Some of my thesis papers have recently appeared online:
“Pre-processing for approximate Bayesian computation in image analysis”
Moores, Drovandi, Mengersen & Robert (2015)
Statistics & Computing 25(1): 23-33. DOI: 10.1007/s11222-014-9525-6
“An external field prior for the hidden Potts model, with application to cone-beam computed tomography”
Moores, Hargrave, Deegan, Poulsen, Harden & Mengersen (2015)
Computational Statistics & Data Analysis 86: 27–41. DOI: 10.1016/j.csda.2014.12.001
Previously I listed all of the software that I usually install on Windows 7. Now that I’ve got an iMac with OS X Mavericks, it’s time to give an updated list:
From the App Store
Follow these instructions for installing the Command Line Tools (you don’t need a full install of Xcode on Mavericks)
From other websites
gcc and gfortran 4.9.0 from “High Performance Computing for Mac OS X”
- requires sudo to untar into /usr/local/bin
- don’t forget to edit your Makeconf using these instructions…
Problems with Gate Keeper
I’ve submitted a poster to the Network on Computational Statistics and Machine Learning (NCSML) workshop “Big Data, Big Models, it is a Big Deal” at the University of Warwick on the 1st & 2nd of September. More details are available from the workshop homepage. My abstract is as follows:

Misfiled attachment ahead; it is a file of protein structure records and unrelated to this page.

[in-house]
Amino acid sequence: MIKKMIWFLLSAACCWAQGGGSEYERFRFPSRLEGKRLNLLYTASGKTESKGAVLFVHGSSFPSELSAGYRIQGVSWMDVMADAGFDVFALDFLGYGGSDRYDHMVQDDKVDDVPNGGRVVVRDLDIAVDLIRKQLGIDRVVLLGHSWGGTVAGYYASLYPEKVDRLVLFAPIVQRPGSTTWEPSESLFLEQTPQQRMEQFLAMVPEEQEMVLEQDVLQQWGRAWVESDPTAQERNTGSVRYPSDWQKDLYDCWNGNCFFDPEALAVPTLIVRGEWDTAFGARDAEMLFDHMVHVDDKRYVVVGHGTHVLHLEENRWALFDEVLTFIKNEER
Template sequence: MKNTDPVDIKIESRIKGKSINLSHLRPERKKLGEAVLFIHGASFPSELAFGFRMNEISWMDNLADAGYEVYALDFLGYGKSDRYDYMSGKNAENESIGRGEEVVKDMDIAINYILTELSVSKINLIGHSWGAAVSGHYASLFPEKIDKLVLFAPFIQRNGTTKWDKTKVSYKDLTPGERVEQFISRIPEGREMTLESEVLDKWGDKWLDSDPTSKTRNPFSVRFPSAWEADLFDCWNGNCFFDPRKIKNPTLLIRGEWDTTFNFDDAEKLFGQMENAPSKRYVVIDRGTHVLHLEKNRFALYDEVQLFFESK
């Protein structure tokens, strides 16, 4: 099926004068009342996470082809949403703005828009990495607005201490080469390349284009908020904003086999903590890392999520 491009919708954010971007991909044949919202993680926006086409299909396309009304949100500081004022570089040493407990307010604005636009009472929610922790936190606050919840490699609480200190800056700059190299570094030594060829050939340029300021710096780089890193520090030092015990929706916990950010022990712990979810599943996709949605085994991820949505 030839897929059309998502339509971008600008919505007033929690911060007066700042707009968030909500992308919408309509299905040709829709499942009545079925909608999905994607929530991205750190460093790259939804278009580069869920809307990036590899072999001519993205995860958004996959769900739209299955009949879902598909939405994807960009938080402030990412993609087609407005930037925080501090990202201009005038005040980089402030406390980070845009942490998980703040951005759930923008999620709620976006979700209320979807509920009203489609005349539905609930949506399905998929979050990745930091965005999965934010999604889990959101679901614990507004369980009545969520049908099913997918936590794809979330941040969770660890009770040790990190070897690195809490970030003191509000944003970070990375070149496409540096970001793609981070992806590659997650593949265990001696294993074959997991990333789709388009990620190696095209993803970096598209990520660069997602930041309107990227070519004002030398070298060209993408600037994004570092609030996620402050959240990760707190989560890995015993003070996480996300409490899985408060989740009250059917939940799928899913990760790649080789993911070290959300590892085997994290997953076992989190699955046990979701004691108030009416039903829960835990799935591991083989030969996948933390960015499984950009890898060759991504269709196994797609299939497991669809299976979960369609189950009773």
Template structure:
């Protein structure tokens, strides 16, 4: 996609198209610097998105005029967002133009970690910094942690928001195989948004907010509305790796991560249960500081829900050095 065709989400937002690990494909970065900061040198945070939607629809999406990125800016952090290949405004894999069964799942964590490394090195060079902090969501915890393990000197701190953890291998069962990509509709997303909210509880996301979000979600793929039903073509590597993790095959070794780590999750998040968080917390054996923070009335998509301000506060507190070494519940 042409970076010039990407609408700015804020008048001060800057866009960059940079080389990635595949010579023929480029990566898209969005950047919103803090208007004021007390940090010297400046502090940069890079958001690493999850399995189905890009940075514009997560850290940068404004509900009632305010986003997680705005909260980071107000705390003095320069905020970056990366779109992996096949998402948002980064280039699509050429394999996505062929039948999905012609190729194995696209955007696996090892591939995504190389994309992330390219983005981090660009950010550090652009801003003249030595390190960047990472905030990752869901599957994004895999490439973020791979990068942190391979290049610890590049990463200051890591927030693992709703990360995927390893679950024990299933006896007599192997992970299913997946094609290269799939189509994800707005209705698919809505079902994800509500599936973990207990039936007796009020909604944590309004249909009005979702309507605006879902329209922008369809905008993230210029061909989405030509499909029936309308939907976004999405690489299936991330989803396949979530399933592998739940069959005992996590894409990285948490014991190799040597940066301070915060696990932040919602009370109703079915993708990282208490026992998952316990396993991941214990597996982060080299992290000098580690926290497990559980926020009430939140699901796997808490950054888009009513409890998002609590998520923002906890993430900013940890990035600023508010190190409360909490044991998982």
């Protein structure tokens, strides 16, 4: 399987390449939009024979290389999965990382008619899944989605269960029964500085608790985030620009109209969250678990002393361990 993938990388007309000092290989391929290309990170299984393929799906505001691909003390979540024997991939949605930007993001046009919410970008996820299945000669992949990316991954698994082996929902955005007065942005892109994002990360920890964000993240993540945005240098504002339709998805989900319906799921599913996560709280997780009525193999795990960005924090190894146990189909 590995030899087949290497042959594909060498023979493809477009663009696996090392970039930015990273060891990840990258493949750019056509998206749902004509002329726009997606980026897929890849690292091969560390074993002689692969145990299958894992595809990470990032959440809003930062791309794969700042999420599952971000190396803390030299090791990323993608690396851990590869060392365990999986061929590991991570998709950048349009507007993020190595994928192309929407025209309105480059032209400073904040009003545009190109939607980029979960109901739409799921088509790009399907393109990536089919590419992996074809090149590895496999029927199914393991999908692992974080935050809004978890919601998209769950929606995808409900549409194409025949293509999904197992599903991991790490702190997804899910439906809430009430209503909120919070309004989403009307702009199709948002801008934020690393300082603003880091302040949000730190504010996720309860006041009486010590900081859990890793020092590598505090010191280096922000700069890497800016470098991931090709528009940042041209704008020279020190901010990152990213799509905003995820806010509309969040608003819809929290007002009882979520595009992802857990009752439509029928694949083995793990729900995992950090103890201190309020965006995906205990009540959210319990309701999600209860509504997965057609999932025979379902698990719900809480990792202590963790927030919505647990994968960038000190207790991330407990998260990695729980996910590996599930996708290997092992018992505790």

Scalable Bayesian computation for intractable likelihoods in image analysis
The availability of inexpensive, high-quality imaging has given scientists the capacity to generate more data than ever before. In medicine, some patients are scanned daily throughout their course of treatment, to monitor their progress as well as for image-guided therapies. Satellites such as Landsat and MODIS orbit the globe, regularly providing remotely-sensed imagery of the Earth’s surface. Automated methods of image analysis are vital in order to keep pace with the volumes of data that are generated in these settings. Increases in image resolution and sample depth have improved the quality of these images, but this has also resulted in a vast increase in the size of the digital representation. Many methods that were originally developed for much smaller images are infeasible for the image dimensions that are required by current applications. Thus, the scalability of automated methods to meet the needs of real world data is a major concern.
The hidden Potts model is widely applied in image analysis to segment the image pixels and label them according to their underlying classification. The inverse temperature parameter of this model governs the strength of spatial cohesion and therefore has a substantial influence over the resulting model fit. The difficulty arises from the dependence of an intractable normalising constant on the value of the inverse temperature, thus there is no closed form solution for sampling from the distribution directly. We review three computational approaches for addressing this issue, namely pseudolikelihood, path sampling, and the approximate exchange algorithm. We compare the accuracy and scalability of these methods using a simulation study.
This is joint work with Clair Alston and Kerrie Mengersen, Queensland University of Technology, Australia.